A possible deal with a third party for Eastern Michigan University student housing looms, yet the president of the university has stated that it might take a year before such a deal is finalized.
If a deal is reached it will be the third area of University operations to be negotiated with a third party at EMU. Private housing would come following the signing of a 10-year contract with Chartwells Dining that allowed a partnership with the university for on-campus dining services in 2016.
The dining contract was followed by the controversial 35-year contract with LAZ Parking that began in Fall 2018, privatizing campus parking operations. The contract with LAZ was met with significant discontent by students, staff, and faculty. Although a deal has not yet been reached for housing, it has been discussed by the faculty senate, Board of Regents and the president of the university.
A housing deal or partnership has been speculated for some time. The president of the university has, however, stated that “we would not privatize housing,” clarifying that the university would create a partnership with a third party instead.
After a decision by the university to not reopen Buell and Phelps residence halls for the fall semester of 2019, it has become apparent that the university is in an economic crunch for housing. The president is aware of the poor status of housing on campus, particularly heating and cooling. The closing of Buell and Phelps halls has come as part of a plan to consolidate campus housing in an effort to save money.
On a similar note, during the February 7 Board of Regents meeting, it was recommended that the board increase all university housing rates by 2.5 percent for the 2019-2020 academic year.
A university committee provided a recommendation in late February to President James Smith regarding how to best deliver on-campus housing. A deal to create a partnership for on-campus housing would come in the wake of limited university financial resources in order to offset financial shortfalls. A housing contract is compared with the university's notable contract with LAZ parking that allowed for the university to receive an up-front capital payment of $55 million.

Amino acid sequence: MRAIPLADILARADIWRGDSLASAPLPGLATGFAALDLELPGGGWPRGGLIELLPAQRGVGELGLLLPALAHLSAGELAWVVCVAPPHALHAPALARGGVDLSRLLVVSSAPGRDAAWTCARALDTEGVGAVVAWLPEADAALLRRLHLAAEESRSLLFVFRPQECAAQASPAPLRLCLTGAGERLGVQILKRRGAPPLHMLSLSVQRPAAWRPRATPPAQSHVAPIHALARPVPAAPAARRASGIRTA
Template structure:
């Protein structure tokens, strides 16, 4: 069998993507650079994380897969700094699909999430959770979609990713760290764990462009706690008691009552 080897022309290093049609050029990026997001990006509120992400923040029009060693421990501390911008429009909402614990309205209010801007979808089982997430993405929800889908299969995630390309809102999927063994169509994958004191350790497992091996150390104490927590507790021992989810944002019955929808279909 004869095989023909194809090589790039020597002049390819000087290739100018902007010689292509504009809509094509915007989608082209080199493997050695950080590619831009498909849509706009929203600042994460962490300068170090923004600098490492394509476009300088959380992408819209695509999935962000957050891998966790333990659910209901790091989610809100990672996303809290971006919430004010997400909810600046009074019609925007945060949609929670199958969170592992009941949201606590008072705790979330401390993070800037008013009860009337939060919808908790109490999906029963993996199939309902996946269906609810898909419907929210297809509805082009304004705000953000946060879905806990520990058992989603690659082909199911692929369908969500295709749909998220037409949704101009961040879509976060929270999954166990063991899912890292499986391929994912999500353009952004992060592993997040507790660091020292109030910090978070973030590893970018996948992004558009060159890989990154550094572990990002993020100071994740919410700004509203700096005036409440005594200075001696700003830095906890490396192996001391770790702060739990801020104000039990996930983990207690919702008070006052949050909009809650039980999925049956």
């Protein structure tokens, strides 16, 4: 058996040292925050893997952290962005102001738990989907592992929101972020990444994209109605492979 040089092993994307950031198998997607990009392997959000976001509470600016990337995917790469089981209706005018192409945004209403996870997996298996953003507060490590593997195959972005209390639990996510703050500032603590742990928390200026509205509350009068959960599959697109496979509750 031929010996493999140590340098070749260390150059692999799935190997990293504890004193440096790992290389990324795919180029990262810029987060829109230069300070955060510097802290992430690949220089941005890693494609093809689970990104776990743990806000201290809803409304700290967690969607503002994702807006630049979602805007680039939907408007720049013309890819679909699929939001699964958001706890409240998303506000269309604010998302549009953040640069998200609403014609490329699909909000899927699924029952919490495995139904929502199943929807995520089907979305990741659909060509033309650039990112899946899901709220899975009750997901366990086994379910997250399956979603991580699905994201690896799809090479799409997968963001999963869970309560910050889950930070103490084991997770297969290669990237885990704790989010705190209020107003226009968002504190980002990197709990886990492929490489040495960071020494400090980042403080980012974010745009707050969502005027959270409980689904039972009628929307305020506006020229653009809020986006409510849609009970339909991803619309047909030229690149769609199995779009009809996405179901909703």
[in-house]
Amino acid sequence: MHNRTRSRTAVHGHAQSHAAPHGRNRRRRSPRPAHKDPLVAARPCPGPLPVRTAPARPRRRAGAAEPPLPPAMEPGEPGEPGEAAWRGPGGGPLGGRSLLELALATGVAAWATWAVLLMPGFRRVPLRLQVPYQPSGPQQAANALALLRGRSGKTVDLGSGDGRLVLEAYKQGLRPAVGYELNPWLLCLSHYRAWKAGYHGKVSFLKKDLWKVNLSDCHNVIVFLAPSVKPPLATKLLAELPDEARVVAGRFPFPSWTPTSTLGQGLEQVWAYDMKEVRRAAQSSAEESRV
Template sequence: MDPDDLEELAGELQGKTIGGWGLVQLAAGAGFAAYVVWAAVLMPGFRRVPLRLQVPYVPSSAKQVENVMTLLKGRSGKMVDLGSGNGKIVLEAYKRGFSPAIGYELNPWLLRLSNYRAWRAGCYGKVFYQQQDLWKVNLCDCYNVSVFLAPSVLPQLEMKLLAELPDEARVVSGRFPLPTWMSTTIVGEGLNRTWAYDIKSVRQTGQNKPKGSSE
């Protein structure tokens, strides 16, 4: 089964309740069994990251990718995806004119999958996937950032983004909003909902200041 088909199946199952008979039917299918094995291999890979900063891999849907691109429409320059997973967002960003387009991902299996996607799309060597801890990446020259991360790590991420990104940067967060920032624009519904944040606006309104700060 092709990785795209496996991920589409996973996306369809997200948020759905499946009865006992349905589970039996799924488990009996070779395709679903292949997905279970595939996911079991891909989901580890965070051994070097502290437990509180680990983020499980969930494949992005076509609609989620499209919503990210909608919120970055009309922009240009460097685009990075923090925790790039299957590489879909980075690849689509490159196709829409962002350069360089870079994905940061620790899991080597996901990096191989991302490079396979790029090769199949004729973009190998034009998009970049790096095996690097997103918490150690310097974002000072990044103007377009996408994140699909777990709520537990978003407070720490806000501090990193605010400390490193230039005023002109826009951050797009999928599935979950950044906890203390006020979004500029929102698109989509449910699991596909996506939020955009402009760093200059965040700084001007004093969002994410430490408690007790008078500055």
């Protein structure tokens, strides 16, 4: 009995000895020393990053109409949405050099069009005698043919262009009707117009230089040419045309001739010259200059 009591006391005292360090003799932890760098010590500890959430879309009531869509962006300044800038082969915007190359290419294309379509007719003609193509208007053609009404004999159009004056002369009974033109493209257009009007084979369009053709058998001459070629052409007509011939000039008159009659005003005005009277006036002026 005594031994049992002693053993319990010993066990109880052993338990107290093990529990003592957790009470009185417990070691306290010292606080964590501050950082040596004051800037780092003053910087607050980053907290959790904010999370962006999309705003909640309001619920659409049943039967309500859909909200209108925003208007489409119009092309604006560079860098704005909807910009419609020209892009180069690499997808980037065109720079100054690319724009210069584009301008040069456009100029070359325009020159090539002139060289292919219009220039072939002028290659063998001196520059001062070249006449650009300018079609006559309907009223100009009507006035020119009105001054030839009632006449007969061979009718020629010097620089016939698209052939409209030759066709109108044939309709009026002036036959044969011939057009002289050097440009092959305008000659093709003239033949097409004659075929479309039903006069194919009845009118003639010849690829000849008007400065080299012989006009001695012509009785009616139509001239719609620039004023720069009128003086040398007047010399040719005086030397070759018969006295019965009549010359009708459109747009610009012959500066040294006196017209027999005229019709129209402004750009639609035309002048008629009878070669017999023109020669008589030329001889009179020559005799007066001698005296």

The LAZ deal has, however, been met with distaste from many on campus due to the stringent parking enforcement practices enforced by LAZ parking, which has allowed for an increase of parking citations by 31.5 percent in the fall of 2018 compared to the fall of 2017. This translated to $225,278 in fines collected at EMU for parking citations during the fall 2018 semester. Student disapproval of the LAZ contract comes from what some believe was a lack of consideration of student needs and minimal discourse between the community and university administration.
To prevent a similar lack of consideration for student needs, the Student Senate passed Resolution 105-31, co-written by Senators Colton Ray, Luis Romero, and the former vice president, now Student Body President Ethan Smith. The resolution encourages transparency between the university administration and the university community regarding a housing deal; that is, transparency which some feel was not present with the LAZ contract. The resolution was able to pass 13-0. The president of the university has stated to the faculty senate that he would rather there be “no deal... than a bad deal” in regards to housing, noting that the contract with LAZ had its share of errors.
Student Body President Ethan Smith generally disagrees with the privatization of student housing, however, he has voiced that he is open to discussion if a deal were to be reached to achieve a “student-first solution."